Tighter restrictions on Geelong Star

TRAWLERS targeting the Small Pelagic Fishery, including the Geelong Star, will only be allowed to fish during daytime hours as part of more restrictive measures put in place by the Australian Fisheries Management Authority (AFMA).

The night time fishing ban will apply to mid-water trawl vessels fishing in the SPF.

As further protection and to provide incentive for operators to make operational changes to reduce risks, six month fishing bans will be imposed in management zones if any dolphin mortalities occur in the relevant zone. The additional measures are in response to further dolphin and fur seal mortalities on the Geelong Star’s second fishing trip in the fishery.

“AFMA is extremely disappointed that these additional dolphin and seal mortalities have occurred,” AFMA’s CEO Dr James Findlay said.

“Eight dolphin deaths in two trips are unacceptable.

“AFMA stated earlier this week that the Geelong Star will not be allowed to return to fishing in the SPF until AFMA is satisfied that all reasonable steps are in place to minimise further marine mammal mortalities.

“We have said all along that the vessel management plan was a live document and we would be adaptive and responsive to ensure that all reasonable measures are in place to minimise harm to marine mammals.

“We’ve shown our ability to do this in other fisheries with great success and recognition from marine mammal experts.”

AFMA says as the Geelong Star has had no dolphin mortalities during daytime fishing, consequently, a night time fishing ban is a mandatory requirement of the vessel’s operations in in the SPF for the foreseeable future.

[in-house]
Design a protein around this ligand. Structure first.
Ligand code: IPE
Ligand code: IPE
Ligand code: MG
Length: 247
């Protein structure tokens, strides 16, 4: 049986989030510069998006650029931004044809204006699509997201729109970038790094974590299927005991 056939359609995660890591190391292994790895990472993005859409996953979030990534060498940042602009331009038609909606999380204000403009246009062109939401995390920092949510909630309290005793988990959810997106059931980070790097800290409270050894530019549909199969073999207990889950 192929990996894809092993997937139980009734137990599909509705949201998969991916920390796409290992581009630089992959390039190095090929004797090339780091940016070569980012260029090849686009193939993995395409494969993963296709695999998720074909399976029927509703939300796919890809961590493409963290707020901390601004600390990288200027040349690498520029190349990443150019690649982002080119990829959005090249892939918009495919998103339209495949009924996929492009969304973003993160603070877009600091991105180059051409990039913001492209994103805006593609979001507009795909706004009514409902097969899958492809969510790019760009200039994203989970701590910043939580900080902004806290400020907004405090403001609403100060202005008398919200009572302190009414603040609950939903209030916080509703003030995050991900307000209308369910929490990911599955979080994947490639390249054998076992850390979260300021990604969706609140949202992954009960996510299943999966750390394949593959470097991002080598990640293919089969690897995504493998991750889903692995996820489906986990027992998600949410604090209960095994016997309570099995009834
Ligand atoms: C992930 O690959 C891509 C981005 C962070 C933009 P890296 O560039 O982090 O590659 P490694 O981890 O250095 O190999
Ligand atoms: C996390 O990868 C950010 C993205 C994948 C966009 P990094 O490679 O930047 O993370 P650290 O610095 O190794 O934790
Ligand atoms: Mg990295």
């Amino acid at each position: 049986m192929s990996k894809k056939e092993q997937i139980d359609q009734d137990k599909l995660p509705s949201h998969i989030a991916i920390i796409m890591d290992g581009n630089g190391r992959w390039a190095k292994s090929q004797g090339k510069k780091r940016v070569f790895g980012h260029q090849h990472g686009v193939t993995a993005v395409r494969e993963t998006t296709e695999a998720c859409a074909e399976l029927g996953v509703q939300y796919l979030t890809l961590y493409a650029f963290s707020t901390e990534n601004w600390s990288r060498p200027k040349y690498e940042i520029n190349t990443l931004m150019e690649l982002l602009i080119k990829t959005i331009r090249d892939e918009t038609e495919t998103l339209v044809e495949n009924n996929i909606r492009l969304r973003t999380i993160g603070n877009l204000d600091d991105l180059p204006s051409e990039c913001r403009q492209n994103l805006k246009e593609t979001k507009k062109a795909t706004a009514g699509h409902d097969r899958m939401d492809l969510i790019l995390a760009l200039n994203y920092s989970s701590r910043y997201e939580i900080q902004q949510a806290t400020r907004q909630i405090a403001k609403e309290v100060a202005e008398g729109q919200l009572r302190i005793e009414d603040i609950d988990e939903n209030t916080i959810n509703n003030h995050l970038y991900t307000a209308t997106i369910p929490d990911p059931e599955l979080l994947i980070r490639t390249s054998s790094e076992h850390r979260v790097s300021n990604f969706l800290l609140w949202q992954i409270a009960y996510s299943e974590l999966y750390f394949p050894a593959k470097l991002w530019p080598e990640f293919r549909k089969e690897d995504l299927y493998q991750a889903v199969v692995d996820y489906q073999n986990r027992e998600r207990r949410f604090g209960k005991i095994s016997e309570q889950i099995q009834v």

In addition to the night time fishing ban, any dolphin mortality will result in the closure of the respective fishing zone, the smallest of which is more than four times the size of Tasmania, for six months.

Before its third fishing trip, AFMA is also requiring Seafish Tasmania to have electronic monitoring (e-monitoring) installed on the Geelong Star. E-monitoring uses tamper proof cameras to monitor fishing activity. In addition to e-monitoring, two AFMA officers will remain on board to closely observe the vessel’s operations.

AFMA also understands that the Geelong Star will be trialling additional measures to improve its current marine mammal excluder devices.

“AFMA has made it very clear to Seafish Tasmania what our expectations are if operations are to continue in the fishery,” Dr Findlay said.

“I encourage Seafish Tasmania to work with both Australian and international marine mammal experts to ensure that every possible effort is made to stay within the restrictive fishing conditions AFMA is putting in place.

“Unfortunately all fishing poses risks that can sometimes lead to the unintentional harm to marine mammals.

“However, AFMA is determined to ensure that all reasonable measures are in place to minimise any further marine mammal mortalities.”

AFMA’s strict new measures for the fishing conditions are expected to be finalised by the end of the week and there will be no fishing until the vessel is compliant with the strict new measures.

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